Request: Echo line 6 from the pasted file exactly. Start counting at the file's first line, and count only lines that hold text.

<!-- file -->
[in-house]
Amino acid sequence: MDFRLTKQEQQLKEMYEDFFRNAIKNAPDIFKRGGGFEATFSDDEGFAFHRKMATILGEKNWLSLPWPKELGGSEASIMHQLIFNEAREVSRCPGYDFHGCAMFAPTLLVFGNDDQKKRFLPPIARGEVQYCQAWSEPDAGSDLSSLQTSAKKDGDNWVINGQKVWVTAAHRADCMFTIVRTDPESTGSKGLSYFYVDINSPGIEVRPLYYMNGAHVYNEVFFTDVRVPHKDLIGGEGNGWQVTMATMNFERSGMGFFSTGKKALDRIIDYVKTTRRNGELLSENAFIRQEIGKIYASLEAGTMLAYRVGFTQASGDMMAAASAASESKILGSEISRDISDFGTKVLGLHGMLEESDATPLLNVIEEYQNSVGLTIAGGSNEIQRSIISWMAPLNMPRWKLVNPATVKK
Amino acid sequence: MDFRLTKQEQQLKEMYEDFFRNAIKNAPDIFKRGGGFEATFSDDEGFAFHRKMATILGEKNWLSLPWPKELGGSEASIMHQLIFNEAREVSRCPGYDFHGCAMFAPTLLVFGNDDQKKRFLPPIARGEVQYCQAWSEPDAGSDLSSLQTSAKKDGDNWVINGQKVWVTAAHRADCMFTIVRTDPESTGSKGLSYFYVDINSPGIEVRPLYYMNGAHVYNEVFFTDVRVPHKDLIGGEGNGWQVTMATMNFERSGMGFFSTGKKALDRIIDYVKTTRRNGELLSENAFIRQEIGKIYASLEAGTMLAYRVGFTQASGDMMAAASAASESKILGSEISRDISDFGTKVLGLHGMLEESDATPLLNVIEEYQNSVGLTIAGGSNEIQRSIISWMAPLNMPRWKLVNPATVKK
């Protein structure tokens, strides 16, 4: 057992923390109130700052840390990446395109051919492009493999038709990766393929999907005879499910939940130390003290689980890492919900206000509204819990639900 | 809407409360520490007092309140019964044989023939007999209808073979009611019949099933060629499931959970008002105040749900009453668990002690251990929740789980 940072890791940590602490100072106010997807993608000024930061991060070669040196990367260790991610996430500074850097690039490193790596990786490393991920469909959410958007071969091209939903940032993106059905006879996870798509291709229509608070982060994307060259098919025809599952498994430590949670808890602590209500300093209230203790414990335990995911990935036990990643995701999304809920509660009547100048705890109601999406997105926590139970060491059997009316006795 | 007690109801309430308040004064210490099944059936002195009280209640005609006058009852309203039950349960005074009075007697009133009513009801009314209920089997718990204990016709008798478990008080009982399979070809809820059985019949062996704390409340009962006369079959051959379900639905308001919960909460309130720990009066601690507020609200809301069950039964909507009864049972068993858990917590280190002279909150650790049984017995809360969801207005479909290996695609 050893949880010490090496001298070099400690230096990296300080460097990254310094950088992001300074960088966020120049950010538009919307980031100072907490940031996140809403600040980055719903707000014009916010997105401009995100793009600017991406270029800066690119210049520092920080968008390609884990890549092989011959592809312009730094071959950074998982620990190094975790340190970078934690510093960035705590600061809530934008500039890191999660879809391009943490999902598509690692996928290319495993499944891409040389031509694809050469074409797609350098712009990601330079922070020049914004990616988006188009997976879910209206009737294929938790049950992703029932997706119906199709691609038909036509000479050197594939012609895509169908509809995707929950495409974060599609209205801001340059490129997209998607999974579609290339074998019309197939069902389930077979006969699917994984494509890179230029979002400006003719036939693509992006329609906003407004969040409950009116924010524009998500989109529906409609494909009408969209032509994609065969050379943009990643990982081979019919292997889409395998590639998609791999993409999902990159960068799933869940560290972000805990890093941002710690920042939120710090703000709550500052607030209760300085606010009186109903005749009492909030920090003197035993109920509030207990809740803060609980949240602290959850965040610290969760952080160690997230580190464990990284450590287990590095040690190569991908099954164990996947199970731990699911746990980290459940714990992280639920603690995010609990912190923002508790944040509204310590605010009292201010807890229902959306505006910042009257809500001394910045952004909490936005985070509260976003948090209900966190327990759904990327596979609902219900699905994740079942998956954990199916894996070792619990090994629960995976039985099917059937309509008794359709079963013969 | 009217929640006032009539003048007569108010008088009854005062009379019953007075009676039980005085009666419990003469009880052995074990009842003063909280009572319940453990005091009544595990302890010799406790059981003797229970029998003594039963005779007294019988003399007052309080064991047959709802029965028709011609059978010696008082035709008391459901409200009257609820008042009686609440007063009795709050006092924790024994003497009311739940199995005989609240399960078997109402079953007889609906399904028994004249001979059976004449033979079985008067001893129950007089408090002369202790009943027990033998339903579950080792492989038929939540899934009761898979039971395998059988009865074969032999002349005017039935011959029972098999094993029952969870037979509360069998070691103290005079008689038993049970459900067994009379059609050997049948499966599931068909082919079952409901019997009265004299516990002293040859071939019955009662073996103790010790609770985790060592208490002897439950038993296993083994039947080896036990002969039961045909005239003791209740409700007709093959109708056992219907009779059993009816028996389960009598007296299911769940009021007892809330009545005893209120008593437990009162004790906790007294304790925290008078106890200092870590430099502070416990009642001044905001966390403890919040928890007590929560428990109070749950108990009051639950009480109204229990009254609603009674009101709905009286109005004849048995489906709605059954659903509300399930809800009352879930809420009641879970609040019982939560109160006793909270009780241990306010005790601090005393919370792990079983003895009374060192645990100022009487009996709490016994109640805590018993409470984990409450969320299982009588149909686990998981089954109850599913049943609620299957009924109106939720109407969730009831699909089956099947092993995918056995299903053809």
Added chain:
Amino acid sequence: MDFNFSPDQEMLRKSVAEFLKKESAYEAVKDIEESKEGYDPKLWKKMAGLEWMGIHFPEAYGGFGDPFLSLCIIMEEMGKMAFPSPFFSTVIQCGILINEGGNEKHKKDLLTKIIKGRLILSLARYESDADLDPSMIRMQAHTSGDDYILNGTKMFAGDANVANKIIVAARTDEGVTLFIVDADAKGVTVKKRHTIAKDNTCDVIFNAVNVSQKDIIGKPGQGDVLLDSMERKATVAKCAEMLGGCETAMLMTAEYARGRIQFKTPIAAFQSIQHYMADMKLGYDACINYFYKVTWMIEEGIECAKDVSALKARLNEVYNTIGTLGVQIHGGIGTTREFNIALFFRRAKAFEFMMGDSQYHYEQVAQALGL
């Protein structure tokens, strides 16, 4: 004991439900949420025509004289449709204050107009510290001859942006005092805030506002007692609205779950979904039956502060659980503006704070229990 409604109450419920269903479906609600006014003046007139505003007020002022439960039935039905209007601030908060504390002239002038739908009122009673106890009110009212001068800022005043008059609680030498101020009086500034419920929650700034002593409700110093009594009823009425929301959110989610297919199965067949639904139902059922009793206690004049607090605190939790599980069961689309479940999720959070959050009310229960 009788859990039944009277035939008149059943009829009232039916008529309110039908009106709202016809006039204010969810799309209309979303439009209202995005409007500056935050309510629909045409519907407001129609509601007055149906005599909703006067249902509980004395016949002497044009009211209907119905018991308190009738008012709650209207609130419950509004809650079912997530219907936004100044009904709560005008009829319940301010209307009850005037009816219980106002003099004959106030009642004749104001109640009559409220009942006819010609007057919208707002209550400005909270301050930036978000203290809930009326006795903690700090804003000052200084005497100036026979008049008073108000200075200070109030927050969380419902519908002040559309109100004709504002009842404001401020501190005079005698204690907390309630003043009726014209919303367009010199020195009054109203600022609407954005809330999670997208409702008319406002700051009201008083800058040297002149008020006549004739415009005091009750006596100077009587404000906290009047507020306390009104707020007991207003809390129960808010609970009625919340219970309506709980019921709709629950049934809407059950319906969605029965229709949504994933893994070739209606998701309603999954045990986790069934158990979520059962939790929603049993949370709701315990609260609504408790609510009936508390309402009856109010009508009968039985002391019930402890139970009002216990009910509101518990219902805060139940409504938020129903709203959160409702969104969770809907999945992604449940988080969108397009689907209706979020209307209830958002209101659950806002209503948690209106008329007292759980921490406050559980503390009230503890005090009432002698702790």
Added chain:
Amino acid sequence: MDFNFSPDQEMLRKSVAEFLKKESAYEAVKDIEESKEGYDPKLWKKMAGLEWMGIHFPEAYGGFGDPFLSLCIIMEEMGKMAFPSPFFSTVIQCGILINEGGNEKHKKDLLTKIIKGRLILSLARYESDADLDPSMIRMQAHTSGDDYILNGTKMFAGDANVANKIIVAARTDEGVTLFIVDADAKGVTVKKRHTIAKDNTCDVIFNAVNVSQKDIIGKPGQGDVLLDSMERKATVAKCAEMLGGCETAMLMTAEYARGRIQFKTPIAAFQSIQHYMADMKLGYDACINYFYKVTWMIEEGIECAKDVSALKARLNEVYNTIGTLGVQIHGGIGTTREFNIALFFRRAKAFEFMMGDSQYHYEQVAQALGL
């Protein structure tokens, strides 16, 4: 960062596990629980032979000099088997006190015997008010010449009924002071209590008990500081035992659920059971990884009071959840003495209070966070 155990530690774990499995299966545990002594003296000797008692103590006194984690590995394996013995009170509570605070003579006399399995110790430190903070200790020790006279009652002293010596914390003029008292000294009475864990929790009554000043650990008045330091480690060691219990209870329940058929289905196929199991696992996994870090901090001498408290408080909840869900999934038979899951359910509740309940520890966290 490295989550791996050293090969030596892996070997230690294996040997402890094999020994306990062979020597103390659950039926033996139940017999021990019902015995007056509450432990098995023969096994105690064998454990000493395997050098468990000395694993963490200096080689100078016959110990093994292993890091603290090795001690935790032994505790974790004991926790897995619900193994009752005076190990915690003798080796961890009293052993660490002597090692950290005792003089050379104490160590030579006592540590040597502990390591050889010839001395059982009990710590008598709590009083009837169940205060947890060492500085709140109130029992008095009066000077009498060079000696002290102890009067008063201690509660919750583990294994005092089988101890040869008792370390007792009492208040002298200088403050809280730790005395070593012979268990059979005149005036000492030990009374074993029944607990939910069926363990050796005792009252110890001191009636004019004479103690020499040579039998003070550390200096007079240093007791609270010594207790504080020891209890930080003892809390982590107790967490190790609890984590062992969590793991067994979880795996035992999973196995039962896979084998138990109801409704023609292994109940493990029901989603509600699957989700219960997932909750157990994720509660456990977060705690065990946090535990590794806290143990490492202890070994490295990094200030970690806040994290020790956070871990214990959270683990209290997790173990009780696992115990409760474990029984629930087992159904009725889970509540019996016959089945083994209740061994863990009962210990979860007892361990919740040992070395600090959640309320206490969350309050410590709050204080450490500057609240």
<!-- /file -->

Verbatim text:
Amino acid sequence: MDFNFSPDQEMLRKSVAEFLKKESAYEAVKDIEESKEGYDPKLWKKMAGLEWMGIHFPEAYGGFGDPFLSLCIIMEEMGKMAFPSPFFSTVIQCGILINEGGNEKHKKDLLTKIIKGRLILSLARYESDADLDPSMIRMQAHTSGDDYILNGTKMFAGDANVANKIIVAARTDEGVTLFIVDADAKGVTVKKRHTIAKDNTCDVIFNAVNVSQKDIIGKPGQGDVLLDSMERKATVAKCAEMLGGCETAMLMTAEYARGRIQFKTPIAAFQSIQHYMADMKLGYDACINYFYKVTWMIEEGIECAKDVSALKARLNEVYNTIGTLGVQIHGGIGTTREFNIALFFRRAKAFEFMMGDSQYHYEQVAQALGL